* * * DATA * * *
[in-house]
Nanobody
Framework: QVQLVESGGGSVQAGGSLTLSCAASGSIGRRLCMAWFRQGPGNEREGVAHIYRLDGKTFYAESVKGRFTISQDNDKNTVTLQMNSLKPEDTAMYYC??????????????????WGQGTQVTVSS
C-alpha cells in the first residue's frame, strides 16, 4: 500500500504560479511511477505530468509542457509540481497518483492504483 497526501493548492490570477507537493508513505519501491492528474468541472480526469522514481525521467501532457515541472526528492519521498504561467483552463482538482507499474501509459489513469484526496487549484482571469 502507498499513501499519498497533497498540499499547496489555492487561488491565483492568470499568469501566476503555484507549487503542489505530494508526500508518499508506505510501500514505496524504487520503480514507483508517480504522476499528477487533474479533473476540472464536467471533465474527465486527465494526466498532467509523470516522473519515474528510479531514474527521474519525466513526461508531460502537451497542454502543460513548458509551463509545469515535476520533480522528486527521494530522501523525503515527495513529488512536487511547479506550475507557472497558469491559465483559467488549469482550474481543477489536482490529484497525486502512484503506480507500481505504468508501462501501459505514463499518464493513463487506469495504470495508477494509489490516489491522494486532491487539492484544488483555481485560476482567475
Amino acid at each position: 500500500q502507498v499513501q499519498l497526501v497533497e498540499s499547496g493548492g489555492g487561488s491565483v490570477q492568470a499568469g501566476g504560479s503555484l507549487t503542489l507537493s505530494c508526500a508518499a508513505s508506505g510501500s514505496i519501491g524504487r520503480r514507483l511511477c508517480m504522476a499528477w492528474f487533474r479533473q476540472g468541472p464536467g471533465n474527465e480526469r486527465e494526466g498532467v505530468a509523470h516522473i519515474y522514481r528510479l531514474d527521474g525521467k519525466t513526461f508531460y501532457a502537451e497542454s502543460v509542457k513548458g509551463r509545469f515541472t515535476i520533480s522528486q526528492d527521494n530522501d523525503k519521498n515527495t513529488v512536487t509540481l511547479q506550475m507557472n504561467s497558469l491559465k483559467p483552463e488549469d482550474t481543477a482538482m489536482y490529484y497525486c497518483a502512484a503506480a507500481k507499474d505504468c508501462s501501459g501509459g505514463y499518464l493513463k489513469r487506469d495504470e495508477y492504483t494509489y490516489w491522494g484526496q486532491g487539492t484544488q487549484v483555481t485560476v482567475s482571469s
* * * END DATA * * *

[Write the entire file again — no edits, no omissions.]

[in-house]
Nanobody
Framework: QVQLVESGGGSVQAGGSLTLSCAASGSIGRRLCMAWFRQGPGNEREGVAHIYRLDGKTFYAESVKGRFTISQDNDKNTVTLQMNSLKPEDTAMYYC??????????????????WGQGTQVTVSS
C-alpha cells in the first residue's frame, strides 16, 4: 500500500504560479511511477505530468509542457509540481497518483492504483 497526501493548492490570477507537493508513505519501491492528474468541472480526469522514481525521467501532457515541472526528492519521498504561467483552463482538482507499474501509459489513469484526496487549484482571469 502507498499513501499519498497533497498540499499547496489555492487561488491565483492568470499568469501566476503555484507549487503542489505530494508526500508518499508506505510501500514505496524504487520503480514507483508517480504522476499528477487533474479533473476540472464536467471533465474527465486527465494526466498532467509523470516522473519515474528510479531514474527521474519525466513526461508531460502537451497542454502543460513548458509551463509545469515535476520533480522528486527521494530522501523525503515527495513529488512536487511547479506550475507557472497558469491559465483559467488549469482550474481543477489536482490529484497525486502512484503506480507500481505504468508501462501501459505514463499518464493513463487506469495504470495508477494509489490516489491522494486532491487539492484544488483555481485560476482567475
Amino acid at each position: 500500500q502507498v499513501q499519498l497526501v497533497e498540499s499547496g493548492g489555492g487561488s491565483v490570477q492568470a499568469g501566476g504560479s503555484l507549487t503542489l507537493s505530494c508526500a508518499a508513505s508506505g510501500s514505496i519501491g524504487r520503480r514507483l511511477c508517480m504522476a499528477w492528474f487533474r479533473q476540472g468541472p464536467g471533465n474527465e480526469r486527465e494526466g498532467v505530468a509523470h516522473i519515474y522514481r528510479l531514474d527521474g525521467k519525466t513526461f508531460y501532457a502537451e497542454s502543460v509542457k513548458g509551463r509545469f515541472t515535476i520533480s522528486q526528492d527521494n530522501d523525503k519521498n515527495t513529488v512536487t509540481l511547479q506550475m507557472n504561467s497558469l491559465k483559467p483552463e488549469d482550474t481543477a482538482m489536482y490529484y497525486c497518483a502512484a503506480a507500481k507499474d505504468c508501462s501501459g501509459g505514463y499518464l493513463k489513469r487506469d495504470e495508477y492504483t494509489y490516489w491522494g484526496q486532491g487539492t484544488q487549484v483555481t485560476v482567475s482571469s